Although this plan is a terrible way to spend $2.5 billion given how many other pressing transit needs there are in the city, no transit plan should get scuttled simply because it inconveniences drivers. We’ve moved beyond the “All cars all the time” phase in American history.

  2. Anonymous says:

    I am all for connecting brooklyn and queens but why is nobody talking about footbridges over the east river? Relatively speaking the cost/benefit is far greater connecting the brooklyn and queens to manhattan via foot bridges.

  3. Michael Myers says:

    An alternative is bus rapid transit — not SBS but BRT. BRT is like rail service with stations, etc., only it’s nice fast buses and not trains. Lots cheaper — 1/100th the cost per mile of the 2nd Ave subway — and much, much faster to build.

  4. megemil says:

    You don’t need a separate lane for the tracks. Cars can drive over them. Plenty of cities “share the road” in this manner.

  5. megemil says:

    Oh and they are digging another tunnel under the east river, it’s called the East Side Access.

  6. Ro says:

    I think the lightrail is great. NYC is looking to be on par or surpass San Francisco as a tech hub. This lightrail will connect all of the major tech nodes in the city. From Industry City in Sunset Park to the Cornell Camps going going up in Roosvelt Island and LIC’s nascent tech industry. Dumbo, Brooklyn Navy Yard and Williamsburg are in between.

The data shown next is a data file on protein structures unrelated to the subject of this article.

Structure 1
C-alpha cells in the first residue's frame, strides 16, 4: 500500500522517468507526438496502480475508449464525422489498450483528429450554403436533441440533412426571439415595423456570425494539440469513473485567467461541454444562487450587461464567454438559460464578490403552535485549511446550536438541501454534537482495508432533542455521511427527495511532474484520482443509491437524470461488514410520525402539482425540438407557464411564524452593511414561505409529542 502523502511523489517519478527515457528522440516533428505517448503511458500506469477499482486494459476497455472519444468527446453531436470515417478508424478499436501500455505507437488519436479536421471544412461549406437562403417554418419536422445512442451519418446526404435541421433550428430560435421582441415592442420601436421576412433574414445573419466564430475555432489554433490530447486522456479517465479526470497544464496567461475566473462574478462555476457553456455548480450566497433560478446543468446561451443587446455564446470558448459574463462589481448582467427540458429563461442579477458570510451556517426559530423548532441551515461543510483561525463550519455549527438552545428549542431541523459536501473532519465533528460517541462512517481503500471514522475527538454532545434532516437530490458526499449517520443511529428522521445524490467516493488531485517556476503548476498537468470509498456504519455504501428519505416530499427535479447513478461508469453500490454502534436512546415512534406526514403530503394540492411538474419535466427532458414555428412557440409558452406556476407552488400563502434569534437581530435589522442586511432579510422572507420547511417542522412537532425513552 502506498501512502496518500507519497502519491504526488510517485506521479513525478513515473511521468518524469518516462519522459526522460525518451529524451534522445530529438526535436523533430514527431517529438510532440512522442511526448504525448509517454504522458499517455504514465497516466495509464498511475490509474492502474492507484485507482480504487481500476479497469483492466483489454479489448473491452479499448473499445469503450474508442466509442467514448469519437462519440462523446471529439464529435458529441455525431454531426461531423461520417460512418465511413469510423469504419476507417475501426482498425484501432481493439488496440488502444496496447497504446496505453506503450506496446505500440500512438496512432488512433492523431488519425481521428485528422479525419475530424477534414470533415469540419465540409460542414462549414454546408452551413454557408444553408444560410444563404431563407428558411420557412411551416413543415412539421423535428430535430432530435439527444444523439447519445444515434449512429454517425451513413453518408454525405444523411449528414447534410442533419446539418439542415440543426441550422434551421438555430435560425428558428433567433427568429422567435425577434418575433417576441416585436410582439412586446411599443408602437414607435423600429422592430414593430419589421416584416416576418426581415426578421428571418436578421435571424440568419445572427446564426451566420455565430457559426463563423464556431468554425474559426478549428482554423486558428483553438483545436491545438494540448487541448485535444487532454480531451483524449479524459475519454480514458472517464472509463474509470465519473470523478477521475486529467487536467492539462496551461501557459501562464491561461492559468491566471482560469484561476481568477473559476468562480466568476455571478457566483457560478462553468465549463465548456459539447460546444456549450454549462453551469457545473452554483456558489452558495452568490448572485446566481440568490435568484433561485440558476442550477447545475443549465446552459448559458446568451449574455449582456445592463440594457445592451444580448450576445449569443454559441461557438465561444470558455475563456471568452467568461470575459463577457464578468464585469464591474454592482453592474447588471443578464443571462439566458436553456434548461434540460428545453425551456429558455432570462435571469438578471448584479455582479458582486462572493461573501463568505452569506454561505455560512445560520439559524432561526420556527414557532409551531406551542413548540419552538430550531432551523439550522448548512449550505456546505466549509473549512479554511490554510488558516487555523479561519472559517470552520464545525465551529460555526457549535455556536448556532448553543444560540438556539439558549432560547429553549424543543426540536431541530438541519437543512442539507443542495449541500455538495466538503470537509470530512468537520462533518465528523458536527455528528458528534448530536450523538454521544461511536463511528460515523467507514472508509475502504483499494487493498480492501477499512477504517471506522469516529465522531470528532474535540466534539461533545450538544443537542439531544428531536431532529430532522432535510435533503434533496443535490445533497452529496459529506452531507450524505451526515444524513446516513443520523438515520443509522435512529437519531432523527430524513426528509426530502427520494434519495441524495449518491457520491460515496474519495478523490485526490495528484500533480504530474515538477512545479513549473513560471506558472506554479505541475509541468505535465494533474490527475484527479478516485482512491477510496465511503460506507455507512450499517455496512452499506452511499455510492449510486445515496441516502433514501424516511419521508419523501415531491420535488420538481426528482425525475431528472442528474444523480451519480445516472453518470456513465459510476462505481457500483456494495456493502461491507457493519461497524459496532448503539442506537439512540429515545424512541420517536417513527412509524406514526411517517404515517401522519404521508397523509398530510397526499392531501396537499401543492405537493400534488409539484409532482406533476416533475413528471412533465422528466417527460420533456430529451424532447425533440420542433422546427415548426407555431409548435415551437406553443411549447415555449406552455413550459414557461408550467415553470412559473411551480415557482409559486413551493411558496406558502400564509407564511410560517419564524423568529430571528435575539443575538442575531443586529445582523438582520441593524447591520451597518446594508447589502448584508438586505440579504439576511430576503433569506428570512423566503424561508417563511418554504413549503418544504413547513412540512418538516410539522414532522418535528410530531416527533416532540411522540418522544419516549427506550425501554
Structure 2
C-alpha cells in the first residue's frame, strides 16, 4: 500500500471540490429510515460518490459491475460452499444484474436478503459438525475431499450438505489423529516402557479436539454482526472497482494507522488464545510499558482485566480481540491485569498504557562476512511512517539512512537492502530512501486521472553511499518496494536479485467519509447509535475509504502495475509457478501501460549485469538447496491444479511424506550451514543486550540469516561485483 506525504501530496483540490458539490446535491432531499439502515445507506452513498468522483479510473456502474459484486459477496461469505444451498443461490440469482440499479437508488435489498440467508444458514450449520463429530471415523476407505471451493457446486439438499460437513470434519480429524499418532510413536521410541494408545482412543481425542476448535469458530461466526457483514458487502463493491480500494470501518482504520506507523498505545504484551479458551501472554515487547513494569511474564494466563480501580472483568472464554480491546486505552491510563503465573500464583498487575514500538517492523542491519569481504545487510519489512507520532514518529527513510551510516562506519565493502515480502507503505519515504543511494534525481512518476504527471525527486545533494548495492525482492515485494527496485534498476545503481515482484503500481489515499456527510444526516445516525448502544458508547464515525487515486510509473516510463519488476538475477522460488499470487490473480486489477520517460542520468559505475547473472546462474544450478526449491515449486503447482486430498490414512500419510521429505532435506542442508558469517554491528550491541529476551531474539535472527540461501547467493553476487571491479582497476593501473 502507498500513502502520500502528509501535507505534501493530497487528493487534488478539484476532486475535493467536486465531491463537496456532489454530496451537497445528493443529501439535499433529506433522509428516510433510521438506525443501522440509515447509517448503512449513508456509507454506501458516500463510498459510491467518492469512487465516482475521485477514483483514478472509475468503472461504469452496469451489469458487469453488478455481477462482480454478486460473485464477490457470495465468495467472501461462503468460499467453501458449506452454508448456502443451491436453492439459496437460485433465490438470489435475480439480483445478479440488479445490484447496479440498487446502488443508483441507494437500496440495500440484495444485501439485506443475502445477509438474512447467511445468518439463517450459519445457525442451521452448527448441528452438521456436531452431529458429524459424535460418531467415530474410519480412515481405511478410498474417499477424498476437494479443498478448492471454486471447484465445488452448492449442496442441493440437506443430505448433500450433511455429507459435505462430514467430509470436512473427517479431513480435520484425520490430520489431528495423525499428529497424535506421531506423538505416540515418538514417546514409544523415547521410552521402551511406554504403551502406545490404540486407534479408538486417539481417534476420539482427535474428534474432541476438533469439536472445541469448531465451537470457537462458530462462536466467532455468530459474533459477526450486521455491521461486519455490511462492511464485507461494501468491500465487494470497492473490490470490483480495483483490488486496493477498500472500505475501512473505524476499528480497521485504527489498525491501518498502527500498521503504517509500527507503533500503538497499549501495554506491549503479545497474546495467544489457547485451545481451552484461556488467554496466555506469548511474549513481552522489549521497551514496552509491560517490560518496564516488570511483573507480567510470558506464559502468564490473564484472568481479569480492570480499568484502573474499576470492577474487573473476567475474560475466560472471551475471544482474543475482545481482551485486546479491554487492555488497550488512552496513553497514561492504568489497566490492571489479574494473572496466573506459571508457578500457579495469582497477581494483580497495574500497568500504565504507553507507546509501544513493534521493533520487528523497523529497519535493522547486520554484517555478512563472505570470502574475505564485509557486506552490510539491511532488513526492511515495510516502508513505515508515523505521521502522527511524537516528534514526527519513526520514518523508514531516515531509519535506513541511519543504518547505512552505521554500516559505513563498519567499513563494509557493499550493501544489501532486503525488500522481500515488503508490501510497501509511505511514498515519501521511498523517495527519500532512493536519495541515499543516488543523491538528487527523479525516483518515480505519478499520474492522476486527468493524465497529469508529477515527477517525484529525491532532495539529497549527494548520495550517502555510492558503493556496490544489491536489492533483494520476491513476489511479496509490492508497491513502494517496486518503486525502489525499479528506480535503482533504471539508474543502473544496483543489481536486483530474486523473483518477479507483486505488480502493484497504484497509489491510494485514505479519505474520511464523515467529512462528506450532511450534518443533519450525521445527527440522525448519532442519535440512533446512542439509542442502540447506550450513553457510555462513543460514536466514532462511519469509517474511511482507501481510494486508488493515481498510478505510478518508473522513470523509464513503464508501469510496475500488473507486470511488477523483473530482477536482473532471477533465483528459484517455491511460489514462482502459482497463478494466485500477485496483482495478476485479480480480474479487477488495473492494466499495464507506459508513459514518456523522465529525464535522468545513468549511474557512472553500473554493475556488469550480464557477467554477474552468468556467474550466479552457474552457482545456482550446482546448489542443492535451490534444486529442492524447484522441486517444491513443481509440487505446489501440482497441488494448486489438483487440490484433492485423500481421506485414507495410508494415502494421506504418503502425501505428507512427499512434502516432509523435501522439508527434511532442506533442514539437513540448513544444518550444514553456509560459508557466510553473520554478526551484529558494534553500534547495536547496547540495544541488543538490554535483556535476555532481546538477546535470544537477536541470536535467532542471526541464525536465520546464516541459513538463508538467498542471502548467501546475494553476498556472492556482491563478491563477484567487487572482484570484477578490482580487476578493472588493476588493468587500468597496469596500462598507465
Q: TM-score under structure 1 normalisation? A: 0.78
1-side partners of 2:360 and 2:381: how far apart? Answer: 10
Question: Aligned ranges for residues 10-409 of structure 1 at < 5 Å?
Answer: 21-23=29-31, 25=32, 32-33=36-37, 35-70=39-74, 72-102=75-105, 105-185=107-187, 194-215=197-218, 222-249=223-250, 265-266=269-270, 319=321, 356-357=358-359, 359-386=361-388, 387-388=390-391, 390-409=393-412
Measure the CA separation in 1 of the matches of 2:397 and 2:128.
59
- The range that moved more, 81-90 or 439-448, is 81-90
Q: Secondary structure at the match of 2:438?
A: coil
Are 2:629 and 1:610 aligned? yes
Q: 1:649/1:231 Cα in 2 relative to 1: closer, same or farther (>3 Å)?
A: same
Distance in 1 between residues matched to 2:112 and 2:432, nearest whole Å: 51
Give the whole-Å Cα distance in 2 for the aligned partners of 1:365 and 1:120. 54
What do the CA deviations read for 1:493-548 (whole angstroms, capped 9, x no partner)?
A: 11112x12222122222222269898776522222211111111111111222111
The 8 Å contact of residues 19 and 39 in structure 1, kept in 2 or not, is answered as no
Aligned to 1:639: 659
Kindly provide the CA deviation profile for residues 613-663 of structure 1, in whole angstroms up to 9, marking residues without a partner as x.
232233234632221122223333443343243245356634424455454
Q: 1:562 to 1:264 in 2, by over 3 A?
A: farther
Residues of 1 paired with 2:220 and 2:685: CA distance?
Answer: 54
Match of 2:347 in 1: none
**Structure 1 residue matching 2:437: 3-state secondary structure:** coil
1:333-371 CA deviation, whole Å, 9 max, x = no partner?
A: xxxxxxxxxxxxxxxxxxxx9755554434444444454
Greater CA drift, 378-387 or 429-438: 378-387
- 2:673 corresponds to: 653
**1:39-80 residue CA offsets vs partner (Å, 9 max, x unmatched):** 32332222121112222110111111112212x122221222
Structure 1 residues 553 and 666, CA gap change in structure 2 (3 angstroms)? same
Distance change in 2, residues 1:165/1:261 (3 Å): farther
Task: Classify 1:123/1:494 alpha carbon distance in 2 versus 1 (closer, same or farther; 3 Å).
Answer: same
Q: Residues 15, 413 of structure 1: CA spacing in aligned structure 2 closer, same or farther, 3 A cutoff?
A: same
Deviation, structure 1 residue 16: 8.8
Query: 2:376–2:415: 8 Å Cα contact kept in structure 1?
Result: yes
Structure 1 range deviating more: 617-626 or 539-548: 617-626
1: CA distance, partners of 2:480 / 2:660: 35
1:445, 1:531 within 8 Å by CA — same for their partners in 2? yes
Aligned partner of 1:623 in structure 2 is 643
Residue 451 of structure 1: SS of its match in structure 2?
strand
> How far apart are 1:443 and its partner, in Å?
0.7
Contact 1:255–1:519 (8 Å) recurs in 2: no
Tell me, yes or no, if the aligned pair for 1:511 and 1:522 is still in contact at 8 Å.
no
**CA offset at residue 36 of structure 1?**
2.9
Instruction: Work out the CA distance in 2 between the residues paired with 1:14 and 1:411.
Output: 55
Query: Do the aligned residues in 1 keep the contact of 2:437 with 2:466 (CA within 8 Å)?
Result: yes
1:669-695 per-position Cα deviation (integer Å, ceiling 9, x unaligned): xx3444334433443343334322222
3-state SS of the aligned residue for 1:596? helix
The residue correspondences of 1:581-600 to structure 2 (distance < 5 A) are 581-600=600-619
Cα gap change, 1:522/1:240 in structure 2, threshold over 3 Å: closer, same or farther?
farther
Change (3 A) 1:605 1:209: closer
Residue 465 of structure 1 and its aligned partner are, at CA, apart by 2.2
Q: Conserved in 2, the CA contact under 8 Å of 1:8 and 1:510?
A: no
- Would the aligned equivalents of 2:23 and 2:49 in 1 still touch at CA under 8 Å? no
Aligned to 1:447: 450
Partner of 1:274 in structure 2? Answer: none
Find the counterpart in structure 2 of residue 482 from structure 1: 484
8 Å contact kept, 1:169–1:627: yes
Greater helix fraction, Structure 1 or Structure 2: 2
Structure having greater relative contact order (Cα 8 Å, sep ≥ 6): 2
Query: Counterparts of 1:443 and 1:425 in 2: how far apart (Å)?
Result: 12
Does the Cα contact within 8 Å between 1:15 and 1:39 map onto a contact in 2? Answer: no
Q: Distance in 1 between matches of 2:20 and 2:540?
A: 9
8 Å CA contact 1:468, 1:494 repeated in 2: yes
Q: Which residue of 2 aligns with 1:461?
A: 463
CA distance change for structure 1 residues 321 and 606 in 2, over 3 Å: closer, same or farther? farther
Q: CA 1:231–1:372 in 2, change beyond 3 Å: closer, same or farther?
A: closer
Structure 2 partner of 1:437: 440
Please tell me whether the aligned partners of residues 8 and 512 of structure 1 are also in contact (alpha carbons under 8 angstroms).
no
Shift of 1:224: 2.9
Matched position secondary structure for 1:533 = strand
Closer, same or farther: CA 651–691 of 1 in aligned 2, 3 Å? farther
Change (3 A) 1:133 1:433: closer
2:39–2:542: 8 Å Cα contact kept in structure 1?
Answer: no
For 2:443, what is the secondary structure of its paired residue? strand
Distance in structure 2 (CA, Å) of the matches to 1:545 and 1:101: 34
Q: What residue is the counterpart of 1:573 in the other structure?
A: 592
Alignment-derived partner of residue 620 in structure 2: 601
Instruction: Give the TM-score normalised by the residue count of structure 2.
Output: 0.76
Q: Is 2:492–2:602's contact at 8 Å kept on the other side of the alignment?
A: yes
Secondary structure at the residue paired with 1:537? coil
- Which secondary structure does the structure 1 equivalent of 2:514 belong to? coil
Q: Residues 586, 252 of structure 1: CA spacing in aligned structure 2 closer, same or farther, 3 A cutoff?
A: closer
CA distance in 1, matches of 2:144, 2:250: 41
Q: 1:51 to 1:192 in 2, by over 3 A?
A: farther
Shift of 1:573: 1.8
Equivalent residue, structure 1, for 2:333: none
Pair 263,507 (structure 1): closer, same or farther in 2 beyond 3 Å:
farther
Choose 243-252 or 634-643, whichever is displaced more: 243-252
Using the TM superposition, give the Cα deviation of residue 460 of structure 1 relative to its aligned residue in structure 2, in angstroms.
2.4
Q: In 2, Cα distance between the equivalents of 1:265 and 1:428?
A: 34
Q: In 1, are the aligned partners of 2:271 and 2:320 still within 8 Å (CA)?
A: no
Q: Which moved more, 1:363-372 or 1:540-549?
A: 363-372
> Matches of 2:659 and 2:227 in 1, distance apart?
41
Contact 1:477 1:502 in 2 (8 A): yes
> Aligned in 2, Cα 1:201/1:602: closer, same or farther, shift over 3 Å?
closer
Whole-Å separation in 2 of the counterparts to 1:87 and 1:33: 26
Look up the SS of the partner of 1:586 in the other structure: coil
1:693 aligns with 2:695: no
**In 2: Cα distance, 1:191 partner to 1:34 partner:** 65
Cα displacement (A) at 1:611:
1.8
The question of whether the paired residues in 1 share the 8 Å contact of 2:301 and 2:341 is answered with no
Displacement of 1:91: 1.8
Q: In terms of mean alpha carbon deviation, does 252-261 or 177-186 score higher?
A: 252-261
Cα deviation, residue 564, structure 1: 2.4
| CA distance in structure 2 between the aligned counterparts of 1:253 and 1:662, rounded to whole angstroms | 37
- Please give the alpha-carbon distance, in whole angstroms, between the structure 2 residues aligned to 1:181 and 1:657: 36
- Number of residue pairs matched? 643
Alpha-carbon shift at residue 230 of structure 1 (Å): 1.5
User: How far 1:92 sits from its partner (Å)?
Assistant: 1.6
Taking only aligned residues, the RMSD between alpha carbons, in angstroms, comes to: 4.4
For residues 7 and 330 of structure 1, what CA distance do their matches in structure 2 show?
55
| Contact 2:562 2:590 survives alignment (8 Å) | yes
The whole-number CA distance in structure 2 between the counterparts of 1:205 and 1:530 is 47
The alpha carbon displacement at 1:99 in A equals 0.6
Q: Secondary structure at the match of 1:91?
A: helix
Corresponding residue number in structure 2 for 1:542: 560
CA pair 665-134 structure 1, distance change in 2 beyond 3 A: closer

7. Amadeo Plaza says:

    I love this idea (despite the admittedly optimistic cost estimate). But I’d also love some sort of LIC shuttle — similar to the Downtown Connection system that they have in Battery Park City/FiDi — that connected Hunters Point, Court Square, and Queens Plaza.

  8. […] the building of another bridge between Greenpoint and LIC over the Newtown Creek.  Which should not come as a surprise to readers […]

  9. […] me there would be more positives than negatives with a second bridge1, it also very much confirms my initial reaction to the BQX Connector when it was first proposed back in […]